lights were illuminated in Faulk’s bedroom, indicating that Faulk was in the
house. Defendant drove several blocks away to a dark area, and Echols
constructed three Molotov cocktails with the items purchased at the gas
station. While Echols made the explosive devices, defendant and Lewek
went to a local K-Mart and purchased handkerchiefs, which Echols used as
fuses for the Molotov cocktails. When the explosives were completed,
defendant drove the group back to Faulk’s home and made sure the lights
were still on in Faulk’s bedroom. Defendant dropped off Echols in front of
Faulk’s house and drove the Trailblazer down the street a short distance to
wait for Echols to return.
Faulk testified that on the night of April 24, 2012, she was lying in bed
reading a book when she heard two loud bangs outside her window, with
approximately ten seconds between the bangs. Faulk jumped out of bed,
looked out the window, and saw a “wall of fire” burning the outside the
house. Faulk ran out of the room. Gatscher observed the flames from his
front window and stated that he could see a bush in front of the house and
the area behind the bush burning. Gatscher picked up his cellular telephone
to call 911 and walked outside to assist Faulk. As Gatscher was walking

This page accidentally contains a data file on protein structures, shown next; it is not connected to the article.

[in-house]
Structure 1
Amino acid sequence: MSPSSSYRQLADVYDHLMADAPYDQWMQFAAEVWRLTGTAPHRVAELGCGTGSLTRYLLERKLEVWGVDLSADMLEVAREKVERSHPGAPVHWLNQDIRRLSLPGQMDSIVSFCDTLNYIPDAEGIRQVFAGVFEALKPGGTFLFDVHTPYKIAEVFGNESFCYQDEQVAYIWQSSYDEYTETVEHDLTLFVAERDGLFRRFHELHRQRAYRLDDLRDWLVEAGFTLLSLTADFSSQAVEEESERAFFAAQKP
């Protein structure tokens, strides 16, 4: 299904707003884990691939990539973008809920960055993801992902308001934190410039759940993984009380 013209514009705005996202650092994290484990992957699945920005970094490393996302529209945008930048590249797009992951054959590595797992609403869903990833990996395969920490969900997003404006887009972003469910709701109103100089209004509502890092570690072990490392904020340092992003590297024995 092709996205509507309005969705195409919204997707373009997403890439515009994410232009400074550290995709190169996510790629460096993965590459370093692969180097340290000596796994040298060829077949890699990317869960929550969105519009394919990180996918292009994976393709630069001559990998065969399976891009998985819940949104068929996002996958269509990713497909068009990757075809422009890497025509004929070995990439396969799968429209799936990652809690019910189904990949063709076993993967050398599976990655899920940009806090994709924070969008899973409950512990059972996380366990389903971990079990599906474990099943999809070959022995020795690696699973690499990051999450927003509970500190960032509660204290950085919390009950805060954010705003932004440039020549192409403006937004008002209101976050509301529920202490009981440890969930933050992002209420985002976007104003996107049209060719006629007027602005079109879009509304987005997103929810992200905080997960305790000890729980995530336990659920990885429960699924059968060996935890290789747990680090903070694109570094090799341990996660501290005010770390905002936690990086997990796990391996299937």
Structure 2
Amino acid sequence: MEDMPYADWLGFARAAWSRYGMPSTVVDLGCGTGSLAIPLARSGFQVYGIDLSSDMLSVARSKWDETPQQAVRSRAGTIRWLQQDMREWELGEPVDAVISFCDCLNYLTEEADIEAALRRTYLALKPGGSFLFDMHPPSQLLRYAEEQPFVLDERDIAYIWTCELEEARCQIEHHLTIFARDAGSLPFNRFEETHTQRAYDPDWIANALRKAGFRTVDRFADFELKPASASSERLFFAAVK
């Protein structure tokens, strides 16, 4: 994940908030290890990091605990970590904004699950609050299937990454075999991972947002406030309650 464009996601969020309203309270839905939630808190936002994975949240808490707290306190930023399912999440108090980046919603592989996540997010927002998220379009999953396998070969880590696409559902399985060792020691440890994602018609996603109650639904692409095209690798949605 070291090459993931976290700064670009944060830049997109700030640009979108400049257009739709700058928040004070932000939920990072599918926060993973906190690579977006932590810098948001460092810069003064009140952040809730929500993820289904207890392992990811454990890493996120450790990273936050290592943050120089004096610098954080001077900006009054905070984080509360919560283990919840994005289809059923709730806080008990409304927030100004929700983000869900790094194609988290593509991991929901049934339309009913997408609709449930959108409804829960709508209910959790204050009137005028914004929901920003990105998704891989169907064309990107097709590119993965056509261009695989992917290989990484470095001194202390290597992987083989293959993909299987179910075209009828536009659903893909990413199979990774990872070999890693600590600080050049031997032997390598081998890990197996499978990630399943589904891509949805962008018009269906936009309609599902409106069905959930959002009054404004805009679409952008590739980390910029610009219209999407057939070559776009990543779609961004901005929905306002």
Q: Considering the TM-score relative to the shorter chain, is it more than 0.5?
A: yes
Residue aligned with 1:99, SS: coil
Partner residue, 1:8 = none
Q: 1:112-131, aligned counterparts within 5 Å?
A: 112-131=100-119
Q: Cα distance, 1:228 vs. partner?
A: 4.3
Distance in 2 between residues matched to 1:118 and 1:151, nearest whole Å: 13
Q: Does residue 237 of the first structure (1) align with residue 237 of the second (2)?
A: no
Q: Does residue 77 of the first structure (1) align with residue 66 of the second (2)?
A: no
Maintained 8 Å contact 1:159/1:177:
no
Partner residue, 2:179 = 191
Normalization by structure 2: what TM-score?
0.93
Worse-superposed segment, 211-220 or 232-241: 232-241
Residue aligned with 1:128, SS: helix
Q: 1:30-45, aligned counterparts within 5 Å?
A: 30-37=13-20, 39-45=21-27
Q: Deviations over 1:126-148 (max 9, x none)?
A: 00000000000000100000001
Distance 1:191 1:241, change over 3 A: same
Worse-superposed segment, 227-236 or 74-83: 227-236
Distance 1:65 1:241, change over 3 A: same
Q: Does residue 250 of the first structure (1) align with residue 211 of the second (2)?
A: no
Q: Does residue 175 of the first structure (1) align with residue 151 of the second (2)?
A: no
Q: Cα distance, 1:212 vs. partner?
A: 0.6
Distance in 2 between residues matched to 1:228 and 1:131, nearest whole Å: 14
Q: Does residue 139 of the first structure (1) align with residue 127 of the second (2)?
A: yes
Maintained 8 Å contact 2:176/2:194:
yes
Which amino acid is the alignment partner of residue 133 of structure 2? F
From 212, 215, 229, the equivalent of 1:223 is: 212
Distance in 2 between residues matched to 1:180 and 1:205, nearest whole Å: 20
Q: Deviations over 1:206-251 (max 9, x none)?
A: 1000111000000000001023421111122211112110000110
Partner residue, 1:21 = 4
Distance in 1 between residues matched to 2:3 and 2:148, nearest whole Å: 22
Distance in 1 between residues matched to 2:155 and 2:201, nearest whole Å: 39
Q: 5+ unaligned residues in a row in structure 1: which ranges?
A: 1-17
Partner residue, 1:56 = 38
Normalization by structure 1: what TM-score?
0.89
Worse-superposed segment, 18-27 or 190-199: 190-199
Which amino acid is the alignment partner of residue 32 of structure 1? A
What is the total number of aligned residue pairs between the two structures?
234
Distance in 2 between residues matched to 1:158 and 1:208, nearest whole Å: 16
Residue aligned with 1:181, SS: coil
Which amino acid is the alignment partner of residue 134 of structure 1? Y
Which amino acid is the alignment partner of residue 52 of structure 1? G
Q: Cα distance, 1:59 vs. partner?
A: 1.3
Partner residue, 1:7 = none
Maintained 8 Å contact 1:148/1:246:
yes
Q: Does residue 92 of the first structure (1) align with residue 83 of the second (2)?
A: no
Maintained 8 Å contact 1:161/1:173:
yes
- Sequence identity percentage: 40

out of his house, he noticed a figure walking toward a dark minivan or SUV
parked down the street from Faulk’s house. The figure got into the vehicle
and the vehicle sped down the street. By the time Gatscher got to Faulk's
front door, Faulk was outside the house and the fire had largely dissipated.
Within five to ten minutes of the fire starting, police officers arrived on the
Officer Eric Eisenbeis, a police officer with the city of Livonia, was the first
officer to arrive on the scene. Eisenbeis observed a charred, broken glass
bottle, an intact glass bottle filled with liquid, and a red rag hanging from a
tree outside the bedroom window. Eisenbeis also observed that the outside
of the bedroom window was charred and a pillar attached to the house
appeared to be charred. Eisenbeis spoke with Gatscher, who relayed the
information about the dark minivan or SUV that fled the scene of the fire.
Officer James Green, a police officer with the city of Livonia, was alerted
to look out for a dark minivan or SUV, and he located a burgundy
Trailblazer traveling south on Inkster Road. Green conducted a traffic stop,
and when he approached the vehicle, he could immediately smell gasoline.
Defendant was the driver of the vehicle, Lewek was seated in the front
passenger seat, and Echols was sitting in the back seat. Green observed a
gas can sitting on the floor of the back seat and white latex gloves on the
seat next to Echols. Defendant told Green that she had picked up the two
passengers at a friend’s house and was taking them back to her house to
babysit in the morning. Green detained the occupants of the vehicle and
radioed the stop to Eisenbeis. When it was determined that Faulk was
familiar with defendant, defendant was arrested.